Why brands are publishing more than ever on Facebook?

Why brands are publishing more than ever on Facebook?

Social networks have become a critical part of the communication strategy of companies but also in a part that creates certain problems. Facebook was a sort of juju at first, a space in which brands had a potential audience of millions of people and which reached massive amounts of them. Companies only had to open a page to quickly connect with the audience and start posting messages on a regular basis to achieve ratios of engagement. Use certain resources could make had more success and that the algorithm Facebook the valorous more and better.

What has happened in recent times and how has the situation changed for brands?

In recent months and years, companies have seen the success of their updates on Facebook was decreasing, at least organically. In fact, some experts now say that if you want to succeed in the social network no choice but to checkout and pay to convert sponsored post updates. Why did this happen? The algorithm Facebook has begun to increasingly important updates brand pages and has begun to prevail content coming from the hands of a person and therefore are generated by the circle of friends of the user.

Some people want to see in this a sort of Black Hand (Facebook and makes companies not left them no choice but to pay for position), but the network has explained on numerous occasions that the situation is marked rather than growth users and content. As more users on Facebook and as more content is published, it is much more difficult to be content finally reaches the feed. To this they add that the algorithm tries to match what consumers want and they prefer the personal contact information before updates marks.

As it descends what can be achieved organically and as new social networks that are showing situations contrary, companies are abandoning Facebook? Are they throwing in the towel before the change of situation and looking for greener pastures? The truth is that the numbers show no and, perhaps even more curious result, are publishing more and more content.

According to a study of Quintly, the volume of daily updates of brands on Facebook has risen by 36% in 2015 (the last year for which full data are available). Twitter remains the social network in which more content is published volume (keep in mind that is the one that has a lower median life span for those content) but Facebook is showing an upward trend.

Quintly analysts see it as a sign of the survival of this social network. “In Facebook, the sharp increase is a symptom of Facebook is far from dead. It shows that companies still rely heavily on this network” aims to Warc Alfroza Irin a social media analyst at Quintly. Is a move also to cover what was lost? In the study did not reach any conclusion related, so in reality at this point one can only speculate. Will brands covering the fall of overall results of the content posted on Facebook by simply publishing more and more content to try to reach the same results?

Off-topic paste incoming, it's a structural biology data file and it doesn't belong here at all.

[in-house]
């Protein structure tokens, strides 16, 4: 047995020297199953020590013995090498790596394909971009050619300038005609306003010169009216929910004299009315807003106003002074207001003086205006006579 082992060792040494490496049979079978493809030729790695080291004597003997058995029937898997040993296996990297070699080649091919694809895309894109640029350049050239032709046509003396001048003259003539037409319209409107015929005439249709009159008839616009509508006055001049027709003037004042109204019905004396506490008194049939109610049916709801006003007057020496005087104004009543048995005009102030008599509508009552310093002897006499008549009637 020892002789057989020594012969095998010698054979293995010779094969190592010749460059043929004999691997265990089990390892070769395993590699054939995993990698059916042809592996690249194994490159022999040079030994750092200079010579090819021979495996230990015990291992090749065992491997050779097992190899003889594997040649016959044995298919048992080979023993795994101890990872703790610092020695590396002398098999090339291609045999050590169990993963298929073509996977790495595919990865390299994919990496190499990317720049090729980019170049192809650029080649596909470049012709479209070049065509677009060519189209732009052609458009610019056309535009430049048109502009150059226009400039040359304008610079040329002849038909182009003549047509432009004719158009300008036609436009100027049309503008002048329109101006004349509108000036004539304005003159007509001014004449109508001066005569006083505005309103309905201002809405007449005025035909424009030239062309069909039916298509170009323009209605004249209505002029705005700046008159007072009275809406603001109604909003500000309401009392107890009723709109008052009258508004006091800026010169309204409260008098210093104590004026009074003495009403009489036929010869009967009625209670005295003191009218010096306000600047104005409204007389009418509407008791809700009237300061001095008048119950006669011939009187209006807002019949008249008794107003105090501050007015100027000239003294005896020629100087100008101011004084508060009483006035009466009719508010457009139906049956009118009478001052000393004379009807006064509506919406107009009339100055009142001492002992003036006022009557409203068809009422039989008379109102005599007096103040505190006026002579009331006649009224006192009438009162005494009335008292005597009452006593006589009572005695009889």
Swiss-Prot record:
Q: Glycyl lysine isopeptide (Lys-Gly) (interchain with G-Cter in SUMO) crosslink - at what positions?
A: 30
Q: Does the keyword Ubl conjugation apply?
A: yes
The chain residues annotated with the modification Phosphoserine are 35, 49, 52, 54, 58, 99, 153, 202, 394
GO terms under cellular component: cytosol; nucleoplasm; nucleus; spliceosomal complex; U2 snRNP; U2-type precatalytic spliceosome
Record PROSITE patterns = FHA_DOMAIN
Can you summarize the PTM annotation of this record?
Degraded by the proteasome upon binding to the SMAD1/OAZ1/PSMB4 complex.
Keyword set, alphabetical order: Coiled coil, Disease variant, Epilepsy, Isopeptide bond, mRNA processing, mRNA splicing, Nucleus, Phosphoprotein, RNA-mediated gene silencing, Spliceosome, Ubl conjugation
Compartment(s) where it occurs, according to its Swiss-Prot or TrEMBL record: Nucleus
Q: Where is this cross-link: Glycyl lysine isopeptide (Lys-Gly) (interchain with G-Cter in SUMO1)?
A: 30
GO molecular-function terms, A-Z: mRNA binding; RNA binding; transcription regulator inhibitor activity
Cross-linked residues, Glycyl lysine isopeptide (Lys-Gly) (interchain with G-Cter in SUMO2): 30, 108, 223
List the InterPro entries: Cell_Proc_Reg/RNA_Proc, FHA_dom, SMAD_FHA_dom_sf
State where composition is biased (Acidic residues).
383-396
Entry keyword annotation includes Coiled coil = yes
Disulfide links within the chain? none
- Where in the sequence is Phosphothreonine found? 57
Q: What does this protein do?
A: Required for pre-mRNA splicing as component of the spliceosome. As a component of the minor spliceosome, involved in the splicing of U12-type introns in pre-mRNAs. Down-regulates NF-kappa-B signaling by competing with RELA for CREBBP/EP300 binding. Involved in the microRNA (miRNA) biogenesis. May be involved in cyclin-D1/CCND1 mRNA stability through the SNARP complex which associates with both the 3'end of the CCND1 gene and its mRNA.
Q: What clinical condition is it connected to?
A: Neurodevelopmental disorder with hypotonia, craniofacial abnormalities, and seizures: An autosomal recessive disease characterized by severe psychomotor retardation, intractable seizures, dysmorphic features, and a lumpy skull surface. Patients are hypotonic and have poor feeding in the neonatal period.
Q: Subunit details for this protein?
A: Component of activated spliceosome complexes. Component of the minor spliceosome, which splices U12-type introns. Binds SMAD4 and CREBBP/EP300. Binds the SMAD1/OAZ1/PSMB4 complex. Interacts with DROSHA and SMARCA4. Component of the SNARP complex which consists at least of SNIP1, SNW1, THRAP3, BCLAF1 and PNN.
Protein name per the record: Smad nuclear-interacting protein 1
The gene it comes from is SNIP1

What it is happening in other social networks?

Facebook is not the only social network that is published more and more. Faced with Twitter, that despite the fact of being in which more content is published has entered into reverse (the number of updates on Twitter fell 2%), Instagram is positioned upward. The number of updates, according to data from Quintly, rose by 14%.

To this must be added that this network has also been shown that growth rates faster followers. Instagram is the social network in which more followers faster you get, which makes sense if you consider that it is the youngest and therefore it is even greener. Instagram still has not reached saturation and therefore there is room for growth for brands.

But brands should not be left simply with this information when making your social networking strategy, because the truth is that the issue is likely to change. The study itself shows that Instagram had a moment of peak growth of followers in February 2015 and, since then, the trend has been moderating (i.e. continue to earn faster followers than other social networks, but not so fast like in the past). Other studies have been showing throughout the year Instagram faces just that problem: the social network is no longer the Dorado was once for brands.

Less fans rife more

The study also points to an issue that will end once and for all with an obsession among brands to achieve millionaire follower’s lists. The study shows that large numbers of fans do not imply greater engagement or greater activity among the fan base. The highest ratios of interactions occur among those with lower numbers of followers, possibly because smaller profiles are much more interactive and more focused. “These results support the idea that large numbers on social networks do not involve a lot of activity,” says the analyst.

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